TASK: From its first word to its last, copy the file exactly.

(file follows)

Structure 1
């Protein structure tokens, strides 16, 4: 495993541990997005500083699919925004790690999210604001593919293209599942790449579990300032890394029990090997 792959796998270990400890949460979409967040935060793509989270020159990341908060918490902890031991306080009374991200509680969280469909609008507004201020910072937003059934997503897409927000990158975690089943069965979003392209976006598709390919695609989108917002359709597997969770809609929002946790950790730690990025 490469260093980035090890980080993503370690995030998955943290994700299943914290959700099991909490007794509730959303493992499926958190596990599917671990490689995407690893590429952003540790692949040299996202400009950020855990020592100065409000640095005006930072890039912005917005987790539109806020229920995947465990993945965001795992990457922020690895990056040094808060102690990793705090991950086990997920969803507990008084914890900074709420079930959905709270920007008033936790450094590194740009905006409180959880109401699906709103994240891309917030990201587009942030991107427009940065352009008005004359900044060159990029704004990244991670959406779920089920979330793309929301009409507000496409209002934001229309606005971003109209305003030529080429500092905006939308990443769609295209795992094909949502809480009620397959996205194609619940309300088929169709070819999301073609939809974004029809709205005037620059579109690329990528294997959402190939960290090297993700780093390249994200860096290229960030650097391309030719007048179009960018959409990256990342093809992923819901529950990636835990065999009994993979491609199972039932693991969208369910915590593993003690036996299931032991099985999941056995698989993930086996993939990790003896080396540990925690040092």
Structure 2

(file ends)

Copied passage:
Structure 1
């Protein structure tokens, strides 16, 4: 495993541990997005500083699919925004790690999210604001593919293209599942790449579990300032890394029990090997 792959796998270990400890949460979409967040935060793509989270020159990341908060918490902890031991306080009374991200509680969280469909609008507004201020910072937003059934997503897409927000990158975690089943069965979003392209976006598709390919695609989108917002359709597997969770809609929002946790950790730690990025 490469260093980035090890980080993503370690995030998955943290994700299943914290959700099991909490007794509730959303493992499926958190596990599917671990490689995407690893590429952003540790692949040299996202400009950020855990020592100065409000640095005006930072890039912005917005987790539109806020229920995947465990993945965001795992990457922020690895990056040094808060102690990793705090991950086990997920969803507990008084914890900074709420079930959905709270920007008033936790450094590194740009905006409180959880109401699906709103994240891309917030990201587009942030991107427009940065352009008005004359900044060159990029704004990244991670959406779920089920979330793309929301009409507000496409209002934001229309606005971003109209305003030529080429500092905006939308990443769609295209795992094909949502809480009620397959996205194609619940309300088929169709070819999301073609939809974004029809709205005037620059579109690329990528294997959402190939960290090297993700780093390249994200860096290229960030650097391309030719007048179009960018959409990256990342093809992923819901529950990636835990065999009994993979491609199972039932693991969208369910915590593993003690036996299931032991099985999941056995698989993930086996993939990790003896080396540990925690040092």
Structure 2